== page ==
EE 350 RADIOSCIENCE SEMINAR
Professor Antony Fraser-Smith
Date: Wednesday, April 18, 2001
Time: 4:15-5:30 PM; Refreshments at 4:00 PM
Location: Bldg.200, Rm.34
Micro-Machined Bulk Acoustic Wave Resonators (FBAR) for Cellular Telephone and other Microwave Device Applications
Dr. John D. Larsen III
Cellular telephones are a mass marketed form of microwave radio communication systems, which makes them interesting both to the technologist and the industrialist. In the block diagram of any radio system, one inevitably finds highly integrated semiconductor circuits such as amplifiers, mixers, and oscillators, as well as band pass filters and high Q resonators liberally sprinkled throughout. To meet the need for ever smaller, higher performance cellular phone systems, Agilent is developing a dramatically new miniaturized bulk acoustic resonator technology that provides filters of exceptionally small size and low cost, as well as an insertion loss in the 1 to 2 dB range, good power handling capability, high out-of-band rejection, and low temperature coefficient. The major advance has been to couple thin film, bulk acoustic wave resonator (FBAR) and filter design methods with silicon based micro machining technologies to produce wafer scale, mass produced components.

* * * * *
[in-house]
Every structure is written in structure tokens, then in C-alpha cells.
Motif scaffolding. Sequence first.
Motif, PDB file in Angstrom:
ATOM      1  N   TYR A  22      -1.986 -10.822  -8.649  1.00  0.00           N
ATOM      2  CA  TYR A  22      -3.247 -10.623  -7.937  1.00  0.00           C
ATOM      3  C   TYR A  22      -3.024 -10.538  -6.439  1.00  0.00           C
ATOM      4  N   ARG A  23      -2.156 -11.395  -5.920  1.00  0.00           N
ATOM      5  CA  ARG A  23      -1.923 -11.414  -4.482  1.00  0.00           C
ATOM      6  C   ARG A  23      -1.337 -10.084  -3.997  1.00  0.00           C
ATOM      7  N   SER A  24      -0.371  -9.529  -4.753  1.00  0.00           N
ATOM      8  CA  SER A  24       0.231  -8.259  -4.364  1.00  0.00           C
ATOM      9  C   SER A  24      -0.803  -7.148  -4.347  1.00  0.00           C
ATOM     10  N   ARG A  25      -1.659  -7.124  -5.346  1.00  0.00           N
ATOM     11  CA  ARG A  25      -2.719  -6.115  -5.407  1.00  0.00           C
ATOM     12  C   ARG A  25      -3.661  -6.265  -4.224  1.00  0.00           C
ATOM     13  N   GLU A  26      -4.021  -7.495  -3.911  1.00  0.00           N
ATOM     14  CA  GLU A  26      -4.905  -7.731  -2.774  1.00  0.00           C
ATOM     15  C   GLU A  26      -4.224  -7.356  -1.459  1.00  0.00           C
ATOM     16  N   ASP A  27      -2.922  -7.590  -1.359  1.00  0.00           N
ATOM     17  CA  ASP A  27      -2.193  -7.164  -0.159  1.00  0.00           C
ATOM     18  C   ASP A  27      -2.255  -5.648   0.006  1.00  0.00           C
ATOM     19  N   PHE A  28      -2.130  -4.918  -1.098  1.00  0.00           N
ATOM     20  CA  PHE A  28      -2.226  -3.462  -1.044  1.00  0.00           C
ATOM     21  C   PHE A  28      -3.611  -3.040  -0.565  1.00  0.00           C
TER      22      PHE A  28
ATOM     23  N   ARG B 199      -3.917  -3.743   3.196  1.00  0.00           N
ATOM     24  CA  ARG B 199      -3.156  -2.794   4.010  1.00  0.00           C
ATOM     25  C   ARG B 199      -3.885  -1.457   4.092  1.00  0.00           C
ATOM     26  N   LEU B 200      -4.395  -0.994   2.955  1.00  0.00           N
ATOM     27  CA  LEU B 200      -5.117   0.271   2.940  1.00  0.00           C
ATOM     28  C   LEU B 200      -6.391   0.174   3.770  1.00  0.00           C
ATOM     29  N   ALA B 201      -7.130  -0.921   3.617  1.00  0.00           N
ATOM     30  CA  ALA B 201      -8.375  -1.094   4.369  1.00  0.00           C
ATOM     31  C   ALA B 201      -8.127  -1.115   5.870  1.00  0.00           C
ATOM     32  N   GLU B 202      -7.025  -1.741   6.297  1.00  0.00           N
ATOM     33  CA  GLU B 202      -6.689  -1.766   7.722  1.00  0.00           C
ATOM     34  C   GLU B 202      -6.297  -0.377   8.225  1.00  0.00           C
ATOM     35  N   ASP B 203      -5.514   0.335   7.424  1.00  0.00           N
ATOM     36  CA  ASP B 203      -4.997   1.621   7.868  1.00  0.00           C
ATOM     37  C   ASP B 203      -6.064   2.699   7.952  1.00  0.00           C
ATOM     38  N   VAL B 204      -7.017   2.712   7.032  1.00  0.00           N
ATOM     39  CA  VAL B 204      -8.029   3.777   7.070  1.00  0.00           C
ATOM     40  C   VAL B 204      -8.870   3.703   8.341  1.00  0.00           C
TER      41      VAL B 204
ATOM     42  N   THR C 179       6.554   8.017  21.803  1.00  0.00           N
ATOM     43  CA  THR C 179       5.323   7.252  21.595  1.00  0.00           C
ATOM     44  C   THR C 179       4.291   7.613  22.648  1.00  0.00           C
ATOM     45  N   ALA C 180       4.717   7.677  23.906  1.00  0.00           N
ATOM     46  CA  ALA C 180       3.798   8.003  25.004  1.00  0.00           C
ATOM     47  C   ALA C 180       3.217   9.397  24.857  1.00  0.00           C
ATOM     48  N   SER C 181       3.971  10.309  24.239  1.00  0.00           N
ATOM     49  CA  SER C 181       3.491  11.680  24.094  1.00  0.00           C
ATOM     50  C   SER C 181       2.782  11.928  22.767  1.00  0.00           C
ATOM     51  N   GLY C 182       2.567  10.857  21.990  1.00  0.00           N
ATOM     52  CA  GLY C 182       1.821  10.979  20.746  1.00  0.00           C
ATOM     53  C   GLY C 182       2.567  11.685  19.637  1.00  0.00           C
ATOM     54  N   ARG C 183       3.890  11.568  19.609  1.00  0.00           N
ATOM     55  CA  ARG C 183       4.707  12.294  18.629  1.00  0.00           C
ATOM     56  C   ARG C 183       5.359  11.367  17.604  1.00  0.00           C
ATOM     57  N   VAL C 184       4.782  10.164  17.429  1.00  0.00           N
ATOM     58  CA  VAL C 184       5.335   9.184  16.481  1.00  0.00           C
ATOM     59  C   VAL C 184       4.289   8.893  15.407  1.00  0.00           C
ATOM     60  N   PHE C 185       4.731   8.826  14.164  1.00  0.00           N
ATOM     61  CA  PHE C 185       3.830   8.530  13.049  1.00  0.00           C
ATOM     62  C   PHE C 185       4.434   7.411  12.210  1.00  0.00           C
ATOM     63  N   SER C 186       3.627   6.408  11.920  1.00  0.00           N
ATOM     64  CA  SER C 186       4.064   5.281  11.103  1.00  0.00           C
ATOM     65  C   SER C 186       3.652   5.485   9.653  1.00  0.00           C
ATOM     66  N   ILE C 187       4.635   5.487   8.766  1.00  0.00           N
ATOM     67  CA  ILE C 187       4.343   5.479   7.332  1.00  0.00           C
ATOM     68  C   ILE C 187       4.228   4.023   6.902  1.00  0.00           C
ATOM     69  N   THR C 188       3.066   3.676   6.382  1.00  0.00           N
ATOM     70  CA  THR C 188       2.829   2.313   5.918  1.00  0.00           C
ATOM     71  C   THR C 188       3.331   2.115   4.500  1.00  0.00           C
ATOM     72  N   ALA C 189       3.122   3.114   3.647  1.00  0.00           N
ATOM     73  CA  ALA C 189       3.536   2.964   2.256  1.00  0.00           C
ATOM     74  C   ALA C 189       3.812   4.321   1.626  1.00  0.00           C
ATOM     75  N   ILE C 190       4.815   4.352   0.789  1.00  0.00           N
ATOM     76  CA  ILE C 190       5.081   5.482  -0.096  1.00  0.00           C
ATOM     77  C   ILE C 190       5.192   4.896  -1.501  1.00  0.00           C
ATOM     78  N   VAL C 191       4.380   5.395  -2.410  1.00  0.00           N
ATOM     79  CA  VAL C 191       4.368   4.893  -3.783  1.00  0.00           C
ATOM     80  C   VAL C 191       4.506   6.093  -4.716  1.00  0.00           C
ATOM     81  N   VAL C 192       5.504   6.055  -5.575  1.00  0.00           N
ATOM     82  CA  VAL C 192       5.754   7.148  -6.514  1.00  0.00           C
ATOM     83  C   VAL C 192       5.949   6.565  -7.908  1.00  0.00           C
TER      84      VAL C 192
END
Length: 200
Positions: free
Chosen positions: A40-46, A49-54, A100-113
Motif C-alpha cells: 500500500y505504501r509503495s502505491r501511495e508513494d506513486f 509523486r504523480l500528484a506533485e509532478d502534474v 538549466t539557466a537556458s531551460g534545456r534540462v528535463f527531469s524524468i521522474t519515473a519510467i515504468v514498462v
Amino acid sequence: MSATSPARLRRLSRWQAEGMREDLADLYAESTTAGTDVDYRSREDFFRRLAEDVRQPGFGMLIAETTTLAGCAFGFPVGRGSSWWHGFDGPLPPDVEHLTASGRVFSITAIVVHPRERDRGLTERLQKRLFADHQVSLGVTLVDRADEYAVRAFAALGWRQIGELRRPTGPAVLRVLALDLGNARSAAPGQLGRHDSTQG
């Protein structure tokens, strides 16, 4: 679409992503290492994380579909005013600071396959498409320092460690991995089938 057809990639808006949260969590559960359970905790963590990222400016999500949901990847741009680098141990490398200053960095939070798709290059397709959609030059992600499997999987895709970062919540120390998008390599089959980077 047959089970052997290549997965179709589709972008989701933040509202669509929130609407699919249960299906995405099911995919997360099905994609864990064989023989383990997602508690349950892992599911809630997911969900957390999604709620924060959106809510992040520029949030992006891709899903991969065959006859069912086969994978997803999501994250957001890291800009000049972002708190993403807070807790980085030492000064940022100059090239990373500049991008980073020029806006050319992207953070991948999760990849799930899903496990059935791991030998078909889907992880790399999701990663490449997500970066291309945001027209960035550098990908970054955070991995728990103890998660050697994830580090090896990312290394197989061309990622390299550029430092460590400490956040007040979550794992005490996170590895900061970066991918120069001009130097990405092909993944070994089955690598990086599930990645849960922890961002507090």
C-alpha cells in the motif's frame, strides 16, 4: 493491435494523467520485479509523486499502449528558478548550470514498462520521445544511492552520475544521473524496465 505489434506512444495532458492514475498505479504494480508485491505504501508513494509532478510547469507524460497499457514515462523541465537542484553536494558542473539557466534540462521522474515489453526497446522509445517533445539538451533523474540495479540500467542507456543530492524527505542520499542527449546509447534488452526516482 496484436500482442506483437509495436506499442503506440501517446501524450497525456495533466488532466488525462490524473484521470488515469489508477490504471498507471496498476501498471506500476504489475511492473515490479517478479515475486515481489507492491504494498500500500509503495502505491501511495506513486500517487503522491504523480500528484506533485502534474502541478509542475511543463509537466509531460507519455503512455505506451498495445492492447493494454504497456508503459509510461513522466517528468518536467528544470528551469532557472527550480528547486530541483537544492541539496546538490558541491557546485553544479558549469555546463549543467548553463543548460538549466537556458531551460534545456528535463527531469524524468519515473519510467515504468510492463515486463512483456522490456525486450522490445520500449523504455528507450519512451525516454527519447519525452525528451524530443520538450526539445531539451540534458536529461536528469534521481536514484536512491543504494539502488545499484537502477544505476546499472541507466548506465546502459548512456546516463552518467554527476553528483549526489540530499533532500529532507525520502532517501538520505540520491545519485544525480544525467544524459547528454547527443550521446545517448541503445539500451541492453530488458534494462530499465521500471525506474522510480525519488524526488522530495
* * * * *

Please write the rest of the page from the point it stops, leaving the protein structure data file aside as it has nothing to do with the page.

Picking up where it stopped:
A major use of the FBAR resonator is to build band pass filters with center frequencies around 1.9 GHz, fractional bandwidths of 3 to 5%, and minimum insertion loss ~1 dB. The design of such filters will be summarized, along with examples of actual devices, and some mention of the problems in mass producing them. Finally, the process of developing a viable use for such filters will be described, with a PCS band duplexer as a current example. The duplexer is a device that allows simultaneous Transmit (TX) and Receive (RX) in a cellular telephone. FBAR duplexers are being built that rival the specifications for traditional ceramic monoblock units, yet occupy 1/10 the volume, a major advantage for cellular phone manufacturers who ever strive for handsets suitable for pygmies! Come to hear how an idea from the research laboratory is nurtured into to a major business opportunity at Agilent, and how the contributions of many dedicated workers make that possible.